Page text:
Should You Buy Google Glass in 2014?

Why I Returned Mine After Only A Month


In late November 2013, I was given an opportunity to purchase Google Glass. I was so excited that it took me less than 30 minutes to give Google my $1,600 and pick a color. All I could think about was how none of my tech friends (or anyone I know at all) had it and the value that it could add in PR for my website. How could I go wrong?

Arrival of Glass

It arrived in 2 days (1 was a holiday) after I opted out of going to NYC for a personalized fitting. At first it was everything I imagined. I felt like I was in the future or a sci-fi movie. I started to dream about the endless uses Glass seemed to have and all the cool video that I could record. After looking through the Glass explorer pages on Google, I was only more excited.

Performance

It didn’t take long to realize there are some downfalls to Glass:

1) Navigation. Navigating through the endless tiles that you can generate is painful (literally) as you try to sift through them using hand gestures and have to constantly look upwards at the tiny screen. There is no “clear all” feature.

2) Voice Commands. While voice commands can occasionally be convenient, it’s rarely appropriate to be talking to your Glass in public. Personally, I can’t stand people who are on their bluetooth devices or yelling into their phones in public, especially when they make awkward eye contact with you while not actually talking to you. Also, to text or email, you have to speak the content in order to send. I don’t see how else they could do this, but that isn’t something you want to do in public.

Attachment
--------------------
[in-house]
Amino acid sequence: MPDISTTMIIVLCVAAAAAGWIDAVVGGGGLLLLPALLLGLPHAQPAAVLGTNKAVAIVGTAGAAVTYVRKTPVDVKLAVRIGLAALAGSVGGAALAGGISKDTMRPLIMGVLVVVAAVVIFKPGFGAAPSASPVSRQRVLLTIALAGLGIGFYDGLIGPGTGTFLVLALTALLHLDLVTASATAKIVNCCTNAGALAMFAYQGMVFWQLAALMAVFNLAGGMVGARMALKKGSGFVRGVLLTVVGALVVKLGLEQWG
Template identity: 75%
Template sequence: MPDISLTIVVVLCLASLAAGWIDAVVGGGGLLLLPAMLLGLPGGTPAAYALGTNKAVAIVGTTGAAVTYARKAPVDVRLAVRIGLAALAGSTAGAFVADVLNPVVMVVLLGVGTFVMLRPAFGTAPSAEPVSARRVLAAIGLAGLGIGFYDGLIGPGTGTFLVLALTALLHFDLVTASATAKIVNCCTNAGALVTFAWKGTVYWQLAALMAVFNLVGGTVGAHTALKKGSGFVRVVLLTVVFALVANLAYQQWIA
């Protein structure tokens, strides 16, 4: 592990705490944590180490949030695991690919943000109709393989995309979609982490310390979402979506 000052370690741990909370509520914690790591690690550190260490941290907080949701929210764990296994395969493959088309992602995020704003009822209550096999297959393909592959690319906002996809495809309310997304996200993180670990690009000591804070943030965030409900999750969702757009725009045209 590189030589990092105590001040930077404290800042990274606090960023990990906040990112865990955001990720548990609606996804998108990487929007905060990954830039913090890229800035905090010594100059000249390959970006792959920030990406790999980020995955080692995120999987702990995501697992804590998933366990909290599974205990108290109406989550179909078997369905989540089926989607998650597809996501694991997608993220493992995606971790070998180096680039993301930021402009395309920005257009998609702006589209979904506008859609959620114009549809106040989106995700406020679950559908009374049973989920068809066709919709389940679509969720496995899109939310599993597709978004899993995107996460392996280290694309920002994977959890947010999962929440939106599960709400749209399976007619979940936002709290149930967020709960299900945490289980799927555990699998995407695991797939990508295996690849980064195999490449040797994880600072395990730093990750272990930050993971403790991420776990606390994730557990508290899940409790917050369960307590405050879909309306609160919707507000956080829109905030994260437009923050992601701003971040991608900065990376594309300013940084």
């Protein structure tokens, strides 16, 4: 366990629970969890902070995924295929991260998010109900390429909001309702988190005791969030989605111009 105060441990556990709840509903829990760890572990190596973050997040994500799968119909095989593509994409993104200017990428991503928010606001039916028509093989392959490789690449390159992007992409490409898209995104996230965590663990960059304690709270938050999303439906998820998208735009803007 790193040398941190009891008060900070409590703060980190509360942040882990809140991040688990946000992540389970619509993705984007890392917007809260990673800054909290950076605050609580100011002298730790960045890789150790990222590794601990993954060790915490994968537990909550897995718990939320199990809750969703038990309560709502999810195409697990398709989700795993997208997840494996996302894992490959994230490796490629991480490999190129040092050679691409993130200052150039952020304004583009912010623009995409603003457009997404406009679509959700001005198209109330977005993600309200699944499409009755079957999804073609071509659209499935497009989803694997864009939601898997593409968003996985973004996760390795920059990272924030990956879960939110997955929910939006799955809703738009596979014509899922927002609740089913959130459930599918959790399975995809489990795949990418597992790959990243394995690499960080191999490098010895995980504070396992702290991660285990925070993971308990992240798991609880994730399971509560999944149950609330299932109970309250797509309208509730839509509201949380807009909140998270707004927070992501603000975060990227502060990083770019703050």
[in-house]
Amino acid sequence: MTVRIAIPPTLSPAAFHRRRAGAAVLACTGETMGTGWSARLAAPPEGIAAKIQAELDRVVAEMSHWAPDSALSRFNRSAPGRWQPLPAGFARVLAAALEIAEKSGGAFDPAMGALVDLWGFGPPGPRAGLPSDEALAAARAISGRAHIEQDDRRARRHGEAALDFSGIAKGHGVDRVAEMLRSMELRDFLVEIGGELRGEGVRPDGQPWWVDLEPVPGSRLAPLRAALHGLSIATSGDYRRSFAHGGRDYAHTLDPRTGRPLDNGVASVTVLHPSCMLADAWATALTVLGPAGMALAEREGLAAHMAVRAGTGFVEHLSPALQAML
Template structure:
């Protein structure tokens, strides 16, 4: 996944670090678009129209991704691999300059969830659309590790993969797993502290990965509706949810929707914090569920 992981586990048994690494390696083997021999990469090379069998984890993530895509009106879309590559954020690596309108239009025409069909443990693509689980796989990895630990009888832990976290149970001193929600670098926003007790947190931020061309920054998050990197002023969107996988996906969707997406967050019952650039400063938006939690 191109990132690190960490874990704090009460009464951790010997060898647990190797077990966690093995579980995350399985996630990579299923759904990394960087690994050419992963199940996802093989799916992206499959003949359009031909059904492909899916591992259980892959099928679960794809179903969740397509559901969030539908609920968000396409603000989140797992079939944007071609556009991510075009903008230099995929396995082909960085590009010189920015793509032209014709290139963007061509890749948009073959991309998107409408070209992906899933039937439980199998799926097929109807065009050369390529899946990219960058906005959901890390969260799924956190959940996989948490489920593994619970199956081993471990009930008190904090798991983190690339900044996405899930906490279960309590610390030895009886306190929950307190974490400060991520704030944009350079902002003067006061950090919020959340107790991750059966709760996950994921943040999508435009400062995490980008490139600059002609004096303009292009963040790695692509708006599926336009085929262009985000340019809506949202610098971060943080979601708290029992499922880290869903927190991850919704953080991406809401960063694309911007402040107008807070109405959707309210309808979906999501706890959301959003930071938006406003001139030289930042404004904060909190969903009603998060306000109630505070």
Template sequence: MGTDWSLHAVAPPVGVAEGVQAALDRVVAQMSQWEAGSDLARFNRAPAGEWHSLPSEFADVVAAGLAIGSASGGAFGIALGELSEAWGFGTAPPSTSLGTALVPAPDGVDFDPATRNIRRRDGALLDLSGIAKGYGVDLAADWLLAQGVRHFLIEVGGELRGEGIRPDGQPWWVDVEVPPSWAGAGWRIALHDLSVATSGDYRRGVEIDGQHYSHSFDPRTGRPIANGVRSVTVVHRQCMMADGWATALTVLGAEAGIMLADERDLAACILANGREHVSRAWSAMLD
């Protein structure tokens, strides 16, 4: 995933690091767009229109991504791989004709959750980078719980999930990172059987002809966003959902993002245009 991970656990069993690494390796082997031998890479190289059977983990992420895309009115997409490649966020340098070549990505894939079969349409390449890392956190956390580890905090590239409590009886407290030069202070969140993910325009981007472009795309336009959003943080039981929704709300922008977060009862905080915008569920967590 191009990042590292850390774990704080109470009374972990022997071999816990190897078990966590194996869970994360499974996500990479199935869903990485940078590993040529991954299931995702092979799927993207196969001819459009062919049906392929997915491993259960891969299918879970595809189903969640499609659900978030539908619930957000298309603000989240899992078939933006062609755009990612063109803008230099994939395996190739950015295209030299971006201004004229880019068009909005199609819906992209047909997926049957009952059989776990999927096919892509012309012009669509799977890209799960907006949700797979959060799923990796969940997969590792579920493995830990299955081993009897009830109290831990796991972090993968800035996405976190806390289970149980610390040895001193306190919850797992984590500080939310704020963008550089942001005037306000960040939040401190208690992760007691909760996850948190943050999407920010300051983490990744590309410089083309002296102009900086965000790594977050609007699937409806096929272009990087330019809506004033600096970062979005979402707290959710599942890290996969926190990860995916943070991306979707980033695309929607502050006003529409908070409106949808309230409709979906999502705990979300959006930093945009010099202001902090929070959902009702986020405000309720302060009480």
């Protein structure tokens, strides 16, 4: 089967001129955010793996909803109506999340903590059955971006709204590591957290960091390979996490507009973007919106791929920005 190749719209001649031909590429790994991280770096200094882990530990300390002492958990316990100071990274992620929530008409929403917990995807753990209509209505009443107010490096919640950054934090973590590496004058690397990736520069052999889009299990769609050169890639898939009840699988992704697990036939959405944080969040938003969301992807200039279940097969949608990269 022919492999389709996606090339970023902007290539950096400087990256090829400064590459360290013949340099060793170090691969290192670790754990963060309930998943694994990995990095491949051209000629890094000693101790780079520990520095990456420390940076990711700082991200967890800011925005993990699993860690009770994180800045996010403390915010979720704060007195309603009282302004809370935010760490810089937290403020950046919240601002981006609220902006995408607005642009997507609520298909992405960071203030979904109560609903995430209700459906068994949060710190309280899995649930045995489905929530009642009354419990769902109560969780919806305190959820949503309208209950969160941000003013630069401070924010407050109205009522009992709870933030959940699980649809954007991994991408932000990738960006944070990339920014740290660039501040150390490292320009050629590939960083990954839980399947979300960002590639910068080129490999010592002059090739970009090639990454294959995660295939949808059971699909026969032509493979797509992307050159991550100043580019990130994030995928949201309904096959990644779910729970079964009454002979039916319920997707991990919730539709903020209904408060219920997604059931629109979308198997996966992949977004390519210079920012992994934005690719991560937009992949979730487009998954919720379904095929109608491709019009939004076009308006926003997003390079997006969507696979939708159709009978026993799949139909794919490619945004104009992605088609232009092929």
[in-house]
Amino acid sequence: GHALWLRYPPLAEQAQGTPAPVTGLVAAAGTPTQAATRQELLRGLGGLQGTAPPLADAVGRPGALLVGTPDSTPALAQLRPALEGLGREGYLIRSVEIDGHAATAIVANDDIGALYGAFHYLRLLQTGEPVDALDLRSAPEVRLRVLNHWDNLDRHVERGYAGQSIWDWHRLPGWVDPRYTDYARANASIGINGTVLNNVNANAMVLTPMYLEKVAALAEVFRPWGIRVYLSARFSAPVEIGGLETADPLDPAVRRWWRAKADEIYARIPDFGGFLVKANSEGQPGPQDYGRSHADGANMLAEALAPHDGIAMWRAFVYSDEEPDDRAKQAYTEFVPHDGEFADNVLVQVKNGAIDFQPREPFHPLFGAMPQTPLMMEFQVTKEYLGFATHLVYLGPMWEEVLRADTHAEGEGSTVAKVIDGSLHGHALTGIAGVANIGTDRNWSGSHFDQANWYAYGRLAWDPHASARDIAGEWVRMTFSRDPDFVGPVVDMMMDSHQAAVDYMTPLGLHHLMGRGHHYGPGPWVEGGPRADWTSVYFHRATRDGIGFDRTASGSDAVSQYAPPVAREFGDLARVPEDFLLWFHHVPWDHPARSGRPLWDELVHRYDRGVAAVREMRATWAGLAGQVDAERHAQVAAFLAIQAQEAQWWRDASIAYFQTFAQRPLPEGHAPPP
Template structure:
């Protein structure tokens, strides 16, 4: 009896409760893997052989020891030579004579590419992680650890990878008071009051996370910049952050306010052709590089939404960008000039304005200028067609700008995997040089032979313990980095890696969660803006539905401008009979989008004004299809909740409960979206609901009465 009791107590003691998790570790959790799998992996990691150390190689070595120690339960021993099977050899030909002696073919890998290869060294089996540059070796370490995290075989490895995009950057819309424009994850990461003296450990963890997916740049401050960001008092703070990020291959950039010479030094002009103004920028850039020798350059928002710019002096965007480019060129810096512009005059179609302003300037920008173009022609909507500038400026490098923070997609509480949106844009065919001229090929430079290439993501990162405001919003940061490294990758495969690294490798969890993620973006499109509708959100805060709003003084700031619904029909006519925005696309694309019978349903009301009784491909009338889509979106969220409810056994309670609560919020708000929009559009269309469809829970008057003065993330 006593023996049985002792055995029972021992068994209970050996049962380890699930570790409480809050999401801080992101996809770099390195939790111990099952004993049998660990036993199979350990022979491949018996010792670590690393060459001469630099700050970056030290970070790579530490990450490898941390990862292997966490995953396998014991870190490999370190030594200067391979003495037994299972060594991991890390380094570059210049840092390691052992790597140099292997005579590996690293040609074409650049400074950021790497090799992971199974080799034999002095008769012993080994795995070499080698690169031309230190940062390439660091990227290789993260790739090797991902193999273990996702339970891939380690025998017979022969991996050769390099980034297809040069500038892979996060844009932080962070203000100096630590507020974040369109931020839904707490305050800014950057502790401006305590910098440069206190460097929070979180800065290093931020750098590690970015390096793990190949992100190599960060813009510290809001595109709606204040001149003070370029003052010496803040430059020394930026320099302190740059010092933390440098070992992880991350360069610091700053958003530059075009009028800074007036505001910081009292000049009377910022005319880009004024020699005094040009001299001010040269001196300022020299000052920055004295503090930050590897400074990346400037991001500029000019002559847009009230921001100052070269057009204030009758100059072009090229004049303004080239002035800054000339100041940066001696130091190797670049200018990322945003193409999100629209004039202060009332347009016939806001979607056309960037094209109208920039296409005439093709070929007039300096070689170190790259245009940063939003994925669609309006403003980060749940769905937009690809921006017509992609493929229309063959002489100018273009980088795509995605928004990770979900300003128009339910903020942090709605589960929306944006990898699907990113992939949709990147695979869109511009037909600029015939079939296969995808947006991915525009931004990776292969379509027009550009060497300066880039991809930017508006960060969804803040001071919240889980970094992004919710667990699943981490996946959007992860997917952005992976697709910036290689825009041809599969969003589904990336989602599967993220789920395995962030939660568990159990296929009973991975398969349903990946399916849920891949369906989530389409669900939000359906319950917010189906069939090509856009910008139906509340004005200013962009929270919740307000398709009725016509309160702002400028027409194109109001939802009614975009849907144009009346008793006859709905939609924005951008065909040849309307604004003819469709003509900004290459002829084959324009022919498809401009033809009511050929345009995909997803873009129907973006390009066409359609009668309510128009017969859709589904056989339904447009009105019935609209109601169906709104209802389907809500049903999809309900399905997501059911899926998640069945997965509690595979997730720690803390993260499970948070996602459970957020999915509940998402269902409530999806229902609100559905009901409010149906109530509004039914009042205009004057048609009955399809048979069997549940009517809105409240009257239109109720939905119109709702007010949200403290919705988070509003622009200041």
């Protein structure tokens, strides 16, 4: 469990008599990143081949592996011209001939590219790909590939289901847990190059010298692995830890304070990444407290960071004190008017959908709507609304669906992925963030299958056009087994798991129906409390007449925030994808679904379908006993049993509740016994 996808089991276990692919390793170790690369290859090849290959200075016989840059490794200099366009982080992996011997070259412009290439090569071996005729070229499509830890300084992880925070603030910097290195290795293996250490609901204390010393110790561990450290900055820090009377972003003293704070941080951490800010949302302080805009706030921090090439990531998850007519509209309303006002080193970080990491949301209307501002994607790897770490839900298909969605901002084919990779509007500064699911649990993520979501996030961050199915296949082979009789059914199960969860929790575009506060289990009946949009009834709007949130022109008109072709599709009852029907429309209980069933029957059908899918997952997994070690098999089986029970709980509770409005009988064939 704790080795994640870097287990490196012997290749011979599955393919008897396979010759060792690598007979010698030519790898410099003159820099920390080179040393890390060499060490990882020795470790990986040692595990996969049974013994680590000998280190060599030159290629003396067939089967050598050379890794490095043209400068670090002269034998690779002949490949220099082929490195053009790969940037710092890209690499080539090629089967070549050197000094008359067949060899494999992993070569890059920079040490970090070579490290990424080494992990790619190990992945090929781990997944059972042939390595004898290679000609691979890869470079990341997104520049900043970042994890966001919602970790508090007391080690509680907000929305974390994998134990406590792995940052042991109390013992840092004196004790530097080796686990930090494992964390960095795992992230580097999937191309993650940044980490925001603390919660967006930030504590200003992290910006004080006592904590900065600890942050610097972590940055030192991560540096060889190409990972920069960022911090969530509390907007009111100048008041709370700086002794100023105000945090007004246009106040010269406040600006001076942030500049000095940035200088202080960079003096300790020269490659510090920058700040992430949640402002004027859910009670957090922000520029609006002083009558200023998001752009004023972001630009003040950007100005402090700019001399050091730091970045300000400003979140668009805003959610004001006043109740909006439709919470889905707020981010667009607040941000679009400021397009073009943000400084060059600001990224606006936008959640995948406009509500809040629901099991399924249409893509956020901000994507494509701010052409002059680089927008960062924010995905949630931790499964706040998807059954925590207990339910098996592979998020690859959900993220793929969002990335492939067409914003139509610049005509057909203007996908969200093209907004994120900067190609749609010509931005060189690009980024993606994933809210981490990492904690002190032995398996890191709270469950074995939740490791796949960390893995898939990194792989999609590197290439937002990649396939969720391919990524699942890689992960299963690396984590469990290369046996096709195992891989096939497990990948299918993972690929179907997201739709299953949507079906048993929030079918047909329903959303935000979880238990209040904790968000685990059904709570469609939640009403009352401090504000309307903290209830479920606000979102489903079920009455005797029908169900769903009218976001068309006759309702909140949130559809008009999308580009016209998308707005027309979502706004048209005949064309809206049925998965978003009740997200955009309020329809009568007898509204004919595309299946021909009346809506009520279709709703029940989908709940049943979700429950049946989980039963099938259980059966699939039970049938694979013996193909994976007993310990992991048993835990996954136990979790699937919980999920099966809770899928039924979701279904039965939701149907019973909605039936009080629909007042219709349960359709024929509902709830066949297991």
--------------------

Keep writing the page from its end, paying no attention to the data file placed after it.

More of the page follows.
3) Pictures/Video. You can initiate these with either voice, touch, or the button located at the top of the device. However, the button is actually located on the temple of the glasses, which makes it very easy to press accidentally as you take them off. I ended up with a ton of useless pictures that were taken accidentally as I took the glasses off. The picture quality is equivalent to a standard smartphone.

4) Battery Life. The battery life was not too bad. It would last a few hours of constant use without having to recharge. I think it would be a stretch to have them on for an entire day (10-12 hours) without having to charge them. However, I found it reasonable for how new the device is.

5) Apps. For something that costs $1,500 + tax, you would think there would be some showcase (and useful) apps available. Wrong! There are very few apps, and much like apps for your phone, most of them have obnoxious push notifications

6) Android Connection. This was where I could see the potential for everyday use. When you receive notifications, you have the option to respond on Glass or pull out your phone for longer messages. Plus, the Glass app for Android shows what is on the Glass screen, which is a great introduction to Glass for those who haven’t used it yet.

7) Screen. The only issues with the screen I had are in lots of light or sunlight. The glare made the images so opaque that it was hard to make them out. Resolution and obstruction to my view were what I expected, which was about average. The screen will adjust toward or away from your face for better viewing. My eyes will get tired from reading long messages or watching videos on it.